Books [Declaration of Independence]
A plowman working near the woods heard the racket and looked up in time to see the mule going back toward the village, “traveling like hell after a yearling, and with Mal and the wagon floatin' along behind him in the air.”
Another car which Mal recognized was racing to meet the runaway. King George was coming, really batting the ball. Mal clung to the sideboards of the wagon and did not try to turn the mule. At the last second, Emmetson's car flipped from the ruts of the road in a wild dive down some man's cotton rows.
Butler just about had his run out. In a few yards, he dropped to a sedate walk, then obediently stopped at Mal's shortwinded, “Whoa!” Carefully, Mal guided the mule around and drive him back to where Emmetson was backing cautiously into the road again. The time merchant was thoroughly upset, his always florid face now the color of scorched brick.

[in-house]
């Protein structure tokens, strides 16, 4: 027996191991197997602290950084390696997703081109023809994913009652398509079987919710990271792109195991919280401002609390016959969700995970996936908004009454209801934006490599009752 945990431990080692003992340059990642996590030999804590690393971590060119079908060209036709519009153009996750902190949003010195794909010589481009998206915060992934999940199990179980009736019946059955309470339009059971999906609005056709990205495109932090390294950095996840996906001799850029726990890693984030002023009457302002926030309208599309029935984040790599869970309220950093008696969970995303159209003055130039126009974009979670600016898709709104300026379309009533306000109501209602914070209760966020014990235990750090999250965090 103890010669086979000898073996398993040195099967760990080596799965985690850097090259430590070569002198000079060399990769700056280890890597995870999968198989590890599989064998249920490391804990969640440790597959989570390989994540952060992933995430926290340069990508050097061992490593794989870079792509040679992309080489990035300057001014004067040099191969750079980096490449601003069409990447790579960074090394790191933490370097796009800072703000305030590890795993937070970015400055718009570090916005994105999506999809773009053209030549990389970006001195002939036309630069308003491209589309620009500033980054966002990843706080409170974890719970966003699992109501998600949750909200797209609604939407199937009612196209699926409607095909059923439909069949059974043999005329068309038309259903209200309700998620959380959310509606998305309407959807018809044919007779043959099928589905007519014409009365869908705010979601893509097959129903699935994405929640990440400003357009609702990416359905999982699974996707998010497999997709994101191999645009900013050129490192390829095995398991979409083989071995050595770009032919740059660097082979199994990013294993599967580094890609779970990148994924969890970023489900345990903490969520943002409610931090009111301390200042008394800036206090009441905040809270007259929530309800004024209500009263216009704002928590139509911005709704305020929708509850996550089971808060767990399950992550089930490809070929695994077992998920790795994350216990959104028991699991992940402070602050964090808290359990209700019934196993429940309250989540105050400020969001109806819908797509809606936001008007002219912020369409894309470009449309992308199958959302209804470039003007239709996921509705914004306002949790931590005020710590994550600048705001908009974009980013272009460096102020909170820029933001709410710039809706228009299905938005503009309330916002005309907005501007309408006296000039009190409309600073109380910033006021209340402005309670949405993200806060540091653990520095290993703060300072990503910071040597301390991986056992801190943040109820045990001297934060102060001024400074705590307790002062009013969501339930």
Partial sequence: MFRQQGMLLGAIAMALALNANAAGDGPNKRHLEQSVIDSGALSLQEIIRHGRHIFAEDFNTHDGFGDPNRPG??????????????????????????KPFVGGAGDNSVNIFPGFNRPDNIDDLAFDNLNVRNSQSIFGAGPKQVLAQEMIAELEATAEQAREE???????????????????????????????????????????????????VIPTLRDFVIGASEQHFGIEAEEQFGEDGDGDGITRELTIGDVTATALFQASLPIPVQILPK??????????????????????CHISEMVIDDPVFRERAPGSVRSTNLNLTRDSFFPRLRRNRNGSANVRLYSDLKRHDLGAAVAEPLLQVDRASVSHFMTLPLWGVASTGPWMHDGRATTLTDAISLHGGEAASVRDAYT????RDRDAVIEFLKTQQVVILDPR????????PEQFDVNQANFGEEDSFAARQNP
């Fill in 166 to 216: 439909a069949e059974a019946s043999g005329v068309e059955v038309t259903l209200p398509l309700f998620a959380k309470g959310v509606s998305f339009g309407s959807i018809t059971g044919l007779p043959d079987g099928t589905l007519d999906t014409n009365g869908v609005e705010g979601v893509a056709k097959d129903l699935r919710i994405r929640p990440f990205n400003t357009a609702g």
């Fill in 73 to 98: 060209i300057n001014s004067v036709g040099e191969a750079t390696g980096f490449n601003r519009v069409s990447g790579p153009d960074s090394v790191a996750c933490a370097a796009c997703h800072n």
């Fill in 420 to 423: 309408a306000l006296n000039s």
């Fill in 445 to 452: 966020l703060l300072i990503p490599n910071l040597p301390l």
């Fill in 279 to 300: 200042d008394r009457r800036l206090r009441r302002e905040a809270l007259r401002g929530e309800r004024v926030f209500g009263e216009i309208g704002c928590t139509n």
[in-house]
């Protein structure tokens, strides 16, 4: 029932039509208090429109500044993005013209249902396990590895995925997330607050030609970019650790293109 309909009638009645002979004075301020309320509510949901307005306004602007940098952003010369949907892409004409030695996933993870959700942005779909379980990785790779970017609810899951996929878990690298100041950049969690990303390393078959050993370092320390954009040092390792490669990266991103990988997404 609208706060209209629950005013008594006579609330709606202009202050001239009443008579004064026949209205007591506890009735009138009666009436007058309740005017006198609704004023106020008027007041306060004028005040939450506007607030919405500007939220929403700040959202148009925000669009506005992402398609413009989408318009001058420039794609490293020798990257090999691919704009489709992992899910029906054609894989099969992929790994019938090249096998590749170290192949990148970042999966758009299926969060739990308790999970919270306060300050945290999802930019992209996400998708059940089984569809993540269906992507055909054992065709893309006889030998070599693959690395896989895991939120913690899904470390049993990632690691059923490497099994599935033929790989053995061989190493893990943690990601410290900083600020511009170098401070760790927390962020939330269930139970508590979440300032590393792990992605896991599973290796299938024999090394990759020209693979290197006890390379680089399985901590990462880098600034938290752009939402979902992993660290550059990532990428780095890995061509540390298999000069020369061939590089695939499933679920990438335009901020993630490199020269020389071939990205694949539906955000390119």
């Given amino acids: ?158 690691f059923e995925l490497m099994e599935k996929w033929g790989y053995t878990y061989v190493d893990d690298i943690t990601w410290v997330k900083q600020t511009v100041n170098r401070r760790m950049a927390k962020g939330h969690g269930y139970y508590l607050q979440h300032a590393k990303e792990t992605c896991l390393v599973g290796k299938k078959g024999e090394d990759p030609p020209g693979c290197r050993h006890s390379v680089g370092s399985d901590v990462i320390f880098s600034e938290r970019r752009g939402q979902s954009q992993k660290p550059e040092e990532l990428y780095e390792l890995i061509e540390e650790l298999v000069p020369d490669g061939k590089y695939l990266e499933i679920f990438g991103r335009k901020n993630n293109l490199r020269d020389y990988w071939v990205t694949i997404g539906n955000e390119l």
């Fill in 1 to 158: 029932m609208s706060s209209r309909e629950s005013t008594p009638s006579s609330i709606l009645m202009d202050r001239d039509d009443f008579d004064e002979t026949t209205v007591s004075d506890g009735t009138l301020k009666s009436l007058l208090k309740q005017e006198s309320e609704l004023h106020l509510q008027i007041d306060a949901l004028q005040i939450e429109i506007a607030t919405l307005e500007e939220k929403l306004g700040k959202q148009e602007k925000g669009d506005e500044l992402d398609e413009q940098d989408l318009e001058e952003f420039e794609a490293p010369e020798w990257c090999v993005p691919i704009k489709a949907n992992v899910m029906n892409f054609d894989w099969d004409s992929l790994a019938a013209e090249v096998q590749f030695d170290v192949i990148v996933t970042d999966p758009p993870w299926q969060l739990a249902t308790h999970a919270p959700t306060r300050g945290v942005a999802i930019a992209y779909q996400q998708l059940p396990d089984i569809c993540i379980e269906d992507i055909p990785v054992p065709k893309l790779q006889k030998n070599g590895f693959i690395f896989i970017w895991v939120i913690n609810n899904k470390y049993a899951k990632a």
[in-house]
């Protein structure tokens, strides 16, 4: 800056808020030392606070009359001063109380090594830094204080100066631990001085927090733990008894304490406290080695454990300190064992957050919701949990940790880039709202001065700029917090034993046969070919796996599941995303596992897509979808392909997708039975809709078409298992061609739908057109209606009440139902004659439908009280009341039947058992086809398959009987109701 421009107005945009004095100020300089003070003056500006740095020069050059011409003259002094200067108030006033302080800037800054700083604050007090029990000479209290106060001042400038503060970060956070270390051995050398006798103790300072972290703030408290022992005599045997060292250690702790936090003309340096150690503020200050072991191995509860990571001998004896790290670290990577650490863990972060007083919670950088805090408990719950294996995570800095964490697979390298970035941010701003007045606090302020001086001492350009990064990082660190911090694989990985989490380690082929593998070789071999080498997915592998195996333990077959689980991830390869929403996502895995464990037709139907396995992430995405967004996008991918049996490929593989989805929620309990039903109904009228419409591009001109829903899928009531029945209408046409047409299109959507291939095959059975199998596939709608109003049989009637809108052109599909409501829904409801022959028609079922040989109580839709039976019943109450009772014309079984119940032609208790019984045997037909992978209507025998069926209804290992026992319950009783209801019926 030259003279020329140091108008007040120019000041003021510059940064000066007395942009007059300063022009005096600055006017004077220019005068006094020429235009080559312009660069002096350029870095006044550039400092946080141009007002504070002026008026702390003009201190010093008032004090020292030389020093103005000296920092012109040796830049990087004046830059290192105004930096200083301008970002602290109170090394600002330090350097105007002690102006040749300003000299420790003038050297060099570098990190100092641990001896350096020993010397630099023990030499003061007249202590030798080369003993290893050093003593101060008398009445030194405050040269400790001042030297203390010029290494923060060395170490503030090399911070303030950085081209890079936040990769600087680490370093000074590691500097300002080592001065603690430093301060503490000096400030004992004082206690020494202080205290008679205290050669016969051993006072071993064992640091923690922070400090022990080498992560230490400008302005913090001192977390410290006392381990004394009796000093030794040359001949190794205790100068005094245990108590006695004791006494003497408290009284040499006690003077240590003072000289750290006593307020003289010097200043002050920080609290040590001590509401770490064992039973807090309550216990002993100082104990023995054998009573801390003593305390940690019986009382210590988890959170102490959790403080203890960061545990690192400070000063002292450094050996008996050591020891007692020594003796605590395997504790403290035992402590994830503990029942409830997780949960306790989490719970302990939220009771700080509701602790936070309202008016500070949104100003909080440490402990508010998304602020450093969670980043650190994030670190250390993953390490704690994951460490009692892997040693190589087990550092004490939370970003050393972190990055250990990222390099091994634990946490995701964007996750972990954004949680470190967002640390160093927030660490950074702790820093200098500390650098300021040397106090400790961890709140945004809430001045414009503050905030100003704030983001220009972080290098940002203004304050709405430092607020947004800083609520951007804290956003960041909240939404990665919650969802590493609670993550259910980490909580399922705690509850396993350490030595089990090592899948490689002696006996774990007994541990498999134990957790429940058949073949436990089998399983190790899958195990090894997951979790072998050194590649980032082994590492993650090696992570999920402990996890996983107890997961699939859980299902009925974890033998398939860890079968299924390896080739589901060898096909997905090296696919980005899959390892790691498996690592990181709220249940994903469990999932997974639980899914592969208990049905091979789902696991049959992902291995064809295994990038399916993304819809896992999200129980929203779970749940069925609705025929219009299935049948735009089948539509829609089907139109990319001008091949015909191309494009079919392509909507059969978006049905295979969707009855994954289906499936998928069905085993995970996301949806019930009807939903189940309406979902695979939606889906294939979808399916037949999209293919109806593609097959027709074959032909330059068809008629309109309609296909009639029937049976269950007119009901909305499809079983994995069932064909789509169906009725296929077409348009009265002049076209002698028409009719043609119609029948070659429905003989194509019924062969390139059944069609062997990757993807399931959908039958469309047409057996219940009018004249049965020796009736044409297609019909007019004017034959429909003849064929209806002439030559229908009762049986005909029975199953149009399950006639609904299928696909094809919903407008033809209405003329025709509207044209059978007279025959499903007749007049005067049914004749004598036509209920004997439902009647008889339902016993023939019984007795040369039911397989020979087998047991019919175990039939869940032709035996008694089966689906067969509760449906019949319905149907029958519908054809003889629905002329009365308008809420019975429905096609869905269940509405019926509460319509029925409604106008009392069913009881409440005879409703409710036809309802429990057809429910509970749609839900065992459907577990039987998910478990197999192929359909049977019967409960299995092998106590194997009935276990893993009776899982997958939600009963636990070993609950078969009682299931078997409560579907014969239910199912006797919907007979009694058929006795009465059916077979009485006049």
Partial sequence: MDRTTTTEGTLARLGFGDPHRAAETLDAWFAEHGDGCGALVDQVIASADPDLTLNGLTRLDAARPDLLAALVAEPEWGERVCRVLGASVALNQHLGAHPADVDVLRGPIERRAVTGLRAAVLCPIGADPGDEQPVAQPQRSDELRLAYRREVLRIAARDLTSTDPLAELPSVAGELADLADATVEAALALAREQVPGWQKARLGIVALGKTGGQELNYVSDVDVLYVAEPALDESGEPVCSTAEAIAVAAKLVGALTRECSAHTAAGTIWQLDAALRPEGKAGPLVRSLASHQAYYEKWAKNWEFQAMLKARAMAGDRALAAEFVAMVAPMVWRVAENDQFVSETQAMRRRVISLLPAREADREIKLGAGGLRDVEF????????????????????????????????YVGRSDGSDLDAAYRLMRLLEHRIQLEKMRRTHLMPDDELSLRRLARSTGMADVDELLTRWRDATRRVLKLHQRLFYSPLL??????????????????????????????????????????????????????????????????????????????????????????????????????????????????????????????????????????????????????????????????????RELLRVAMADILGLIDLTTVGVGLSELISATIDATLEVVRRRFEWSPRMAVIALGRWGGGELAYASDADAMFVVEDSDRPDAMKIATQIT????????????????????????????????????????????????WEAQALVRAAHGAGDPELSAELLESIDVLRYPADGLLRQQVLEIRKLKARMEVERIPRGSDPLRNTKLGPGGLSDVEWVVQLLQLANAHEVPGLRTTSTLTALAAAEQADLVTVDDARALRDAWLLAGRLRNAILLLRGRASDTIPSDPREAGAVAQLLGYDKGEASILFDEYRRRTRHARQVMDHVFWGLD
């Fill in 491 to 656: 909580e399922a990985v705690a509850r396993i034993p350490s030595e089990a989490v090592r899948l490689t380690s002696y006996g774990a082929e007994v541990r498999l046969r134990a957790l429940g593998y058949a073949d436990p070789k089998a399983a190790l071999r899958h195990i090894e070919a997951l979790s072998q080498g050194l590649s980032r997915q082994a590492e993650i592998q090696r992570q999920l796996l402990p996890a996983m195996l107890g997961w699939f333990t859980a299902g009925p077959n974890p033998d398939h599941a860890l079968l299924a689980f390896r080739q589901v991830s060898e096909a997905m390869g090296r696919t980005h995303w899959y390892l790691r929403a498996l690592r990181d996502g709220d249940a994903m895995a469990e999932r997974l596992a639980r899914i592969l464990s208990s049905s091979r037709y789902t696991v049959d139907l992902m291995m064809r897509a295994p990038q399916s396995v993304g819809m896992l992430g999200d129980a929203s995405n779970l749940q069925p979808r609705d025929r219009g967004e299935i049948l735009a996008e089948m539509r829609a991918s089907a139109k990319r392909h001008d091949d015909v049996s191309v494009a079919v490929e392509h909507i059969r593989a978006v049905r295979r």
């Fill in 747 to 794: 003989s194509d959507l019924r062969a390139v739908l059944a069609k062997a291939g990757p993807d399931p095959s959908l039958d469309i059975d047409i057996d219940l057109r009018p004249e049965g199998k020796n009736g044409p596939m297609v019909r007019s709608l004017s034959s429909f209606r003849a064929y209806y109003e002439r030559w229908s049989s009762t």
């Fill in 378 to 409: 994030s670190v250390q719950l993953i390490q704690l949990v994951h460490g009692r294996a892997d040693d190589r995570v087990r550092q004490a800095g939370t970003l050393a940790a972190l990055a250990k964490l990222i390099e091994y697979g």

Leaving space for him to get the car back into the road, Mal stopped his wagon and waited. Then